Opposition legislators yesterday criticized the size of the Ministry of Interior's anti-corruption task force in Hualien County, alleging the group is undermining residents' integrity and human rights.
"While we support the importance of keeping the by-election clean, we think [Minister of the Interior] Yu Cheng-hsien (
In a bid to crackdown on vote-buying in the by-election, Yu announced on Tuesday that the ministry had dispatched more than 400 police officers from other counties to Hualien.
Task force members are serving as sentries at 24-hour checkpoints on roads and major intersections, as well as patrolling villages.
"The large scale police force has turned Hualien into a kingdom of police," Liu said. "The overt presence of a large number of police officers has made locals feel insecure -- they feel as though they are back in the martial-law era."
The addition law-enforcement personnel are in Hualien to support a total of 1,277 local policemen assigned to anti-vote-buying duties.
According Yu, an additional 5,200 policemen are standing by to ensure that campaign misconduct will be eradicated in the county.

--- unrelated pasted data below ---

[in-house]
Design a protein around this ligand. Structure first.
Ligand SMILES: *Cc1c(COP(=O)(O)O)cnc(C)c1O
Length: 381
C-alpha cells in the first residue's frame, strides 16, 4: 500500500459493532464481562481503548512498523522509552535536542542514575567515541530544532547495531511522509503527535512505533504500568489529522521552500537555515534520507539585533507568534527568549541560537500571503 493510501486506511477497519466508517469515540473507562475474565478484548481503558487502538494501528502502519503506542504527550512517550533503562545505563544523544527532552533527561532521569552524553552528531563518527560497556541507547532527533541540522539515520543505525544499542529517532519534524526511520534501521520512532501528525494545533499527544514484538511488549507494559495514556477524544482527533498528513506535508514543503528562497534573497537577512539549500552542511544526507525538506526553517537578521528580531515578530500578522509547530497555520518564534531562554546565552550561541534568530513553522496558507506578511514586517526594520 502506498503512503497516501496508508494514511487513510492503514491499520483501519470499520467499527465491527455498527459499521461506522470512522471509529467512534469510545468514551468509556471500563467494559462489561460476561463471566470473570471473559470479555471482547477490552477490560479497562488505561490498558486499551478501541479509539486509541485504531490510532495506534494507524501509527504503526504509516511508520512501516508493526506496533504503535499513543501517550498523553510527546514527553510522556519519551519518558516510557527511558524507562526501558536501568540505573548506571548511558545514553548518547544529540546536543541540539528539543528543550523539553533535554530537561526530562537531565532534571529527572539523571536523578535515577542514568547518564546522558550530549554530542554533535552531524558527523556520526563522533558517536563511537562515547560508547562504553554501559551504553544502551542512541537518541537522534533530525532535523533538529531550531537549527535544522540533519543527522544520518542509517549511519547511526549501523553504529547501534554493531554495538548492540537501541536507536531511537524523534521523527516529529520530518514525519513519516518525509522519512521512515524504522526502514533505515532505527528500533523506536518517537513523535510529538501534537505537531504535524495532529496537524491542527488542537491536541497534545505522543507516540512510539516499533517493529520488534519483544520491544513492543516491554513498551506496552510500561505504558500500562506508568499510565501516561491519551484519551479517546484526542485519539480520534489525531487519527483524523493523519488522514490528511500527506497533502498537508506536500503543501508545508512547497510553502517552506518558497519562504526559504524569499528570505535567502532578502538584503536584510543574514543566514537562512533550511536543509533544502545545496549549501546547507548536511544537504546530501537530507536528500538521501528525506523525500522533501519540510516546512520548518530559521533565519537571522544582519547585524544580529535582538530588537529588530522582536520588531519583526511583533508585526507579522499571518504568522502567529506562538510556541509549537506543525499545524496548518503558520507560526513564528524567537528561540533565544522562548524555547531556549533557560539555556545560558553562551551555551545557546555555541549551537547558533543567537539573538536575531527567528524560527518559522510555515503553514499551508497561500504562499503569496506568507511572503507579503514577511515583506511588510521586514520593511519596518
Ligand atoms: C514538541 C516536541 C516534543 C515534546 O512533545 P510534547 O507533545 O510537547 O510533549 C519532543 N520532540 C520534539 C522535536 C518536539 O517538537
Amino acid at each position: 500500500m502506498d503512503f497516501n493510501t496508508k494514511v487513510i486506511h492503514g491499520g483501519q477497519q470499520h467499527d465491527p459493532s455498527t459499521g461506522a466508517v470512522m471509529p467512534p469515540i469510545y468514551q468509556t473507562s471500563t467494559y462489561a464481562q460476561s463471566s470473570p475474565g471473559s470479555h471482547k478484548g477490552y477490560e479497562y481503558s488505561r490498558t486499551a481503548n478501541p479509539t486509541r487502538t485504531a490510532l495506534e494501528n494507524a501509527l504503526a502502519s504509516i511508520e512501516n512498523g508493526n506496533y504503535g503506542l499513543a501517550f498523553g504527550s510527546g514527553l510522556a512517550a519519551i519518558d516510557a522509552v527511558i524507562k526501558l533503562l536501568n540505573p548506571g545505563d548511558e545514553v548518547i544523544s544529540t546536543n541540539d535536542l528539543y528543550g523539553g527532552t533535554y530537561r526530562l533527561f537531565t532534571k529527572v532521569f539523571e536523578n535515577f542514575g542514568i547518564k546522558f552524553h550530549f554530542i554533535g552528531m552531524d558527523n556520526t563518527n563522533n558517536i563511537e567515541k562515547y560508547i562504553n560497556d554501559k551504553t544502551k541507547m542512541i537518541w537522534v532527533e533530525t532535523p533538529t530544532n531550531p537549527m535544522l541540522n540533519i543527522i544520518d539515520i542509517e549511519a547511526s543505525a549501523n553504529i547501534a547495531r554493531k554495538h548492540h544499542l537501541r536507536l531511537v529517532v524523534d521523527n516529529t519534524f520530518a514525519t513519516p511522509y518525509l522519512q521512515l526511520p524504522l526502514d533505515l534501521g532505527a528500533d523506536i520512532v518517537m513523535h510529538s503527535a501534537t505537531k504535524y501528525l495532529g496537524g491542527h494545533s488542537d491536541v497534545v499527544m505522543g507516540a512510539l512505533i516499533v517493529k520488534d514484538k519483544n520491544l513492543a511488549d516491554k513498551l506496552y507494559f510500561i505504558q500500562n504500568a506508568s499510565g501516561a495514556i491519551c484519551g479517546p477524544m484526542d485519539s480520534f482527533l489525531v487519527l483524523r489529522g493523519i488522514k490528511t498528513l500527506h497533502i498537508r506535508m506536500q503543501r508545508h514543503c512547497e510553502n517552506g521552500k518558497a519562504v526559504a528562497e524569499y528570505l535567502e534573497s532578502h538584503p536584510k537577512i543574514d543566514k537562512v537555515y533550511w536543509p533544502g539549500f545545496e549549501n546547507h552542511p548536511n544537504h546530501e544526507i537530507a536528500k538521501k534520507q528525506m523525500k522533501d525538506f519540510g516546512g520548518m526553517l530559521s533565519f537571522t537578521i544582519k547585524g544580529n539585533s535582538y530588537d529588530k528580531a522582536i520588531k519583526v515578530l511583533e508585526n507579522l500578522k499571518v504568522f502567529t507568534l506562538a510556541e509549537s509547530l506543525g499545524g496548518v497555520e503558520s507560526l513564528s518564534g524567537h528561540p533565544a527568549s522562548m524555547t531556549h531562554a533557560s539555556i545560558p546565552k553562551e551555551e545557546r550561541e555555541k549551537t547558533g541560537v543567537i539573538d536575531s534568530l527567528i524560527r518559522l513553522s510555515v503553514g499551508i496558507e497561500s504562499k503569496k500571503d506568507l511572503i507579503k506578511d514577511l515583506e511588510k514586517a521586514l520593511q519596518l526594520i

In view of the number of investigations into vote-buying allegations in the county's villages and townships, PFP legislative caucus deputy convener Chiu Yi (邱毅) said the DPP had resorted to acts that were close to human-rights violations in a bid to win the election.
"Locals are being humiliated, making it seems as if Hualien people are all guilty of committing crimes," Chiu said.
In response to the criticism, Yu emphasized that all searches and checks are based on reasonable suspicion.
"There will be no violation of the Constitution or the law," Yu said.
He said the task force has helped restrict vote-buying efforts.
In view of the tight race in Hualien, Yu said having police on 24-hour duty in order to keep the by-election free of vote buying was done according to the law.